‘At Current Prices,’ Is Piñon Ridge Mill Viable?
by Peter Shelton
Jul 26, 2012 | 3387 views | 2 2 comments | 7 7 recommendations | email to a friend | print
NUCLEAR NUMBERS  - Geologist/economist Pete Winn told a Montrose forum last week that numbers, at present, don't indicate profitability of the Pinon Ridge uranium mill proposed for the West End. (Photo by Peter Shelton)
NUCLEAR NUMBERS - Geologist/economist Pete Winn told a Montrose forum last week that numbers, at present, don't indicate profitability of the Pinon Ridge uranium mill proposed for the West End. (Photo by Peter Shelton)

MONTROSE – Mining geologist and economist Pete Winn of Grand Junction told a Montrose audience last week that the numbers don’t support building Energy Fuels’ proposed Piñon Ridge uranium mill in the county’s West End.

“I’m not opposed to uranium mining,” said Winn, who consulted for the industry in Canada and the American West for 30 years. “The question is whether or not building the Piñon Ridge mill is a good idea.”

His conclusion: At current uranium prices, it would not be a good business decision.

The July 18 forum, billed “The Economics of Uranium,” was sponsored by the Uncompahgre Valley Association, the League of Women Voters and Western Colorado Congress.

The proposed Piñon Ridge mill, already approved by the Montrose County Commissioners, was issued a radioactive materials license by the Colorado Department of Public Health and Environment last year.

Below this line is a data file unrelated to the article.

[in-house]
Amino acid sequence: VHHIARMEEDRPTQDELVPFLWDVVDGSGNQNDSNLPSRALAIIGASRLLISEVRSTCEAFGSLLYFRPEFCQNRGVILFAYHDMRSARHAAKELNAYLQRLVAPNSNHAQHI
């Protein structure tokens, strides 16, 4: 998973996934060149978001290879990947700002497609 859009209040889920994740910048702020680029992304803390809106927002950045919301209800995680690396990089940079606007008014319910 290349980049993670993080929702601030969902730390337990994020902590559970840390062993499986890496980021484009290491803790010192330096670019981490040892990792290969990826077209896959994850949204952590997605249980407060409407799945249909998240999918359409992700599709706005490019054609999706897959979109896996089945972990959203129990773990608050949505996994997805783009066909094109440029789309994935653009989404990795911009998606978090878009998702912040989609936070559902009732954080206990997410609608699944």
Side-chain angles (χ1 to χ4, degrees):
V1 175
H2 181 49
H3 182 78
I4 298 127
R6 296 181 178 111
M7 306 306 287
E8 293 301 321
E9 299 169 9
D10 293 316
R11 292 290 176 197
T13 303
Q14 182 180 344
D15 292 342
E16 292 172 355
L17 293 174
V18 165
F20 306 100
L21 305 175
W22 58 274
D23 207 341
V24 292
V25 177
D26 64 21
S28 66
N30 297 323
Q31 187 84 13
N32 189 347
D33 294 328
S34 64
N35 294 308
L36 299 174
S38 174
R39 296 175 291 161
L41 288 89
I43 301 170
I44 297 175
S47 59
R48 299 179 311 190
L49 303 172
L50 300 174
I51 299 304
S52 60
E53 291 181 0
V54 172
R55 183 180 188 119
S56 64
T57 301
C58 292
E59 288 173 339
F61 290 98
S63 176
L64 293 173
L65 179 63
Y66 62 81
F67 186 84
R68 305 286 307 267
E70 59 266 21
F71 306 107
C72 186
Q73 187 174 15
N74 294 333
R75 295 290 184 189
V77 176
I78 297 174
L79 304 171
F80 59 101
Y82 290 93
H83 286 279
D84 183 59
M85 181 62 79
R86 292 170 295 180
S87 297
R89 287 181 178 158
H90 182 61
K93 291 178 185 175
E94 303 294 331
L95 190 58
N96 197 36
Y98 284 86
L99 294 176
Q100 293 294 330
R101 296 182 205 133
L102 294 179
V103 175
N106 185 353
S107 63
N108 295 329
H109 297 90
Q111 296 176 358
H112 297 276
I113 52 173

But Toronto-based Energy Fuels was handed a setback in June when a federal judge, responding to a lawsuit filed by Sheep Mountain Alliance, the San Miguel County environmental group, found that the state had not conducted the required public hearings. Until the hearings transpire, the license is on hold.

The project has always had supporters and detractors: supporters who see another uranium boom coming to the Uravan Belt, and critics who either disparage the nuclear industry or say the numbers don’t add up.

Winn is one of the latter. He drew on Energy Fuels’ own public documents for his financial facts. But first he gave a primer on uranium supply and demand.

We’re not fighting the Cold War any longer, Winn said. The U.S. and Russia used to produce most of the world’s nuclear fuels, but now it’s a global market, with over a dozen countries producing cheap uranium. Two of the biggest, Canada and Australia, are staunch U.S. allies. “We’re still using up our Cold War stockpile,” Winn said, of uranium supplies. “There’s no shortage of supply for the foreseeable future,” he said.

Unlike the 1950s and 60s, when the U.S. government guaranteed a high price, prices now determined on a global market have “plateaued out,” Winn said, at around $50/lb.

He estimated the price would have to climb to about $80/lb. for Energy Fuels to make a profit.

But Energy Fuels’ spokesman Curtis Moore disputed Winn’s assessment.

“Piñon Ridge could make money right now,” Moore said. After the meeting, he explained that the company is anticipating stronger demand – and higher prices – in the future, as new nuclear plants come online worldwide.

According to Winn’s reading of the Energy Fuels prospectus, the company has raised about $25 million from investors, and needs $150 million to build Piñon Ridge. And low uranium prices, relative to production costs, are due to a slowdown in demand.